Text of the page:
Back in November, we were gifted a stay at The Plough Inn in Cold Aston, which is just between Cheltenham and Bourton-on-the-water, as the team launched their new winter menu. The Plough is a proper country pub, 17th century in fact, with Cotswold flagstones, original beams and a roaring fire. It was bought by Tom and Josie a couple of years ago, after deciding to follow their foodie passions. The team is completed with Cliffy, assistant manager and Jonathon, head chef.
The pub is an ideal stop if you’re out in Bourton, and are looking to avoid the hordes of tourists which cram into the tearooms and pubs in the village – being just a short drive away. We arrived at 7pm after a long week at work and were ready for something hearty as befits the season.
The Plough is a big supporter of local farmers and had recently changed to a winter menu – a mixture of classic and more unusual pub dishes. To start, Tom and I shared the English charcuterie board with remoulade, cornichons and toast (£9) and a side of sea salt coated padron peppers.
For our mains, it was a really tough choice but between us, we had the slow-cooked beef shin with tagliatelle (£12.50) and the loin of local venison with dauphinoise potatoes, seasonal greens and a Madeira jus (£21) – read all this with the Masterchef voice-over lady in your head! It’s not often that we see venison on the menu and having tasted Tom’s, it was beautifully cooked, tasty, tender and just slid down your throat. The kitchen at the Plough has a charcoal-fired Bertha oven which added an incredible flavour to my slow-cooked beef shin.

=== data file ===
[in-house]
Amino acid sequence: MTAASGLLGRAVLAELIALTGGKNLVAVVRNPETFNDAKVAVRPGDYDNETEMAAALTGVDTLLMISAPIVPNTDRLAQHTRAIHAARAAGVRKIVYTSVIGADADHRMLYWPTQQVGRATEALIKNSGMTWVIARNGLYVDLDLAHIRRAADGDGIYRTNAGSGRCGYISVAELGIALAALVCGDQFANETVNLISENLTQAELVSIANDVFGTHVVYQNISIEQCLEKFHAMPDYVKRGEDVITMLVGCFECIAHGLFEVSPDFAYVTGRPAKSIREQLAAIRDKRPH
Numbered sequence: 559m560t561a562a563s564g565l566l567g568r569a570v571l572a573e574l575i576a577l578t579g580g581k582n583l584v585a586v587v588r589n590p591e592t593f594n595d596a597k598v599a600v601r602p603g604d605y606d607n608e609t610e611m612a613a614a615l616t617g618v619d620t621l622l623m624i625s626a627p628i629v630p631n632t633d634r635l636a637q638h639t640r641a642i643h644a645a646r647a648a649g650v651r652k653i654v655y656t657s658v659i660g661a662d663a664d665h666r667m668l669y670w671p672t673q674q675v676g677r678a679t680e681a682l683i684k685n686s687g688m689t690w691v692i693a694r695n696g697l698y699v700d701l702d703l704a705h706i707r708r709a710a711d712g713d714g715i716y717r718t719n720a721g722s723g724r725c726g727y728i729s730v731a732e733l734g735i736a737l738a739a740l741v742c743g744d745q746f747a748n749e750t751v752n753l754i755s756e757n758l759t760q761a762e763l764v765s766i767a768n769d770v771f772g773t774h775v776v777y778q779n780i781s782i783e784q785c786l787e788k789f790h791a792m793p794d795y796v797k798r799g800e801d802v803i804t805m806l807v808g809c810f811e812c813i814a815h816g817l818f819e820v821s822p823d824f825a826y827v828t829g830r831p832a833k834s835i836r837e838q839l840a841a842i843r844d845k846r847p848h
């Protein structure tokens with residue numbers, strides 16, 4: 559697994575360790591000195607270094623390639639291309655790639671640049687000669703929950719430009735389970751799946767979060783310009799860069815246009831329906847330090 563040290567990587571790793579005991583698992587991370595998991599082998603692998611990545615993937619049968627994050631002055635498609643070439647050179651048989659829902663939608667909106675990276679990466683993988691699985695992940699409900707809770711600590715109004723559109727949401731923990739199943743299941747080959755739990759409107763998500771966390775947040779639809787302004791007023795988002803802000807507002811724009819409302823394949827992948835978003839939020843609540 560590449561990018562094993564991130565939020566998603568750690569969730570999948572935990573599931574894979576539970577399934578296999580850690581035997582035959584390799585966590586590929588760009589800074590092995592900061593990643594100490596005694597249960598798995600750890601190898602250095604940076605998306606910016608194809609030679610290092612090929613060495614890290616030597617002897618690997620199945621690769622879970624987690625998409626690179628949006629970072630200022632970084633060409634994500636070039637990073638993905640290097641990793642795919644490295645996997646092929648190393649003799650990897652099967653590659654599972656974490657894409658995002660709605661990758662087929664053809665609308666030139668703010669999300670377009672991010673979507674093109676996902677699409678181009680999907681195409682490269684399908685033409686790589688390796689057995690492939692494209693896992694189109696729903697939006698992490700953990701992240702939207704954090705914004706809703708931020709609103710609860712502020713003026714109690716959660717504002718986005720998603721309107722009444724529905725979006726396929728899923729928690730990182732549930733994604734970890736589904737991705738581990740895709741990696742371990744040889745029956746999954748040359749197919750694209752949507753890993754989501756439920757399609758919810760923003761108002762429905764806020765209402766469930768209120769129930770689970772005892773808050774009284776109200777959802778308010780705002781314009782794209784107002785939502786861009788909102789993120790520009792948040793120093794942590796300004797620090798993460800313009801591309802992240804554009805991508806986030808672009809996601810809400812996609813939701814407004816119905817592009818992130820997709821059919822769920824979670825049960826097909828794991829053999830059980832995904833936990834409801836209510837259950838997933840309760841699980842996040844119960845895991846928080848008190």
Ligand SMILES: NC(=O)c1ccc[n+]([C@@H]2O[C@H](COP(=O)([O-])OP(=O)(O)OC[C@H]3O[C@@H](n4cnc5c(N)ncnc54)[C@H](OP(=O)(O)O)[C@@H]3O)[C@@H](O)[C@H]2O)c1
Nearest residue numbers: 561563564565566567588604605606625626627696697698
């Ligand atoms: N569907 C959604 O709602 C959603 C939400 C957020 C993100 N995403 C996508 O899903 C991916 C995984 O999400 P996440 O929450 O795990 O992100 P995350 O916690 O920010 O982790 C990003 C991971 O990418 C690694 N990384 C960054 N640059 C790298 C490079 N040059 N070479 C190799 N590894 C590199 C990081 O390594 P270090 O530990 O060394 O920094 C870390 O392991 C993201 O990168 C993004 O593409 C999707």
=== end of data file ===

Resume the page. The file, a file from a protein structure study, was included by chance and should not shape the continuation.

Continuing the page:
And with dessert, I had the blackberry and Wood Brother’s gin posset with homemade shortbread and Tom the warm treacle tart with Devon clotted cream. Two very solid choices (£6.50 each).
Normally one of us is driving, but as we were staying over, so we had a couple of glasses of orange wine. Now, this is not some sort of fruit punch, but a wine that has an aromatic flavour and golden colour. It’s actually a type of white wine which is made by leaving the grape skins and seeds in contact with the juice, creating that deep-orange hued finish. Ask the team for their recommendations. Tom also commented on the fact that the pub had a good selection of craft beers, he had the Beatnik Dark IPA. And to top it off a gin flip nightcap – gin, conker coffee liqueur, egg and a double espresso.
So, fully sated, we headed to bed, we were staying in the Notgrove room. Each room is named after a local village and The Plough Inn has three letting bedrooms above the pub which are accessed from a different entrance rather than through the pub.
The rooms have been renovated and decorated sympathetically to preserve the character of this grade II listed building. Our room was decorated in a cool blue with a super king bed and a cosy faux, sheepskin rug which was a delight to bury your feet into in the morning. The bathroom was also stocked with 100 Acres Apothecary toiletries, a brand I’m particularly fond of for its use of natural and indulgent ingredients and is made in the Cotswolds. Our room is available from £130 a night.
The Plough has a straightforward breakfast menu – full English with whatever combination you may like, plus plenty of hot coffee and freshly brewed tea. I heard several guests comment on the crockery, which we all liked very much.
There’s no dedicated parking for the pub, but enough space in the village to park (although I don’t know if that annoys the neighbours?) Having said that, it’s clear that the pub is both popular with visitors and locals, as the bar area was packed on Friday night with friends and family enjoying a couple of pints. It’s also a good spot for walkers, as there were plenty of muddy boots left in the hallway before ascending the stairs to the bedrooms. So if you’re looking for a getaway to blow away the post-Crimbo blues, then this might just be the spot for you!
More information available at http://coldastonplough.com/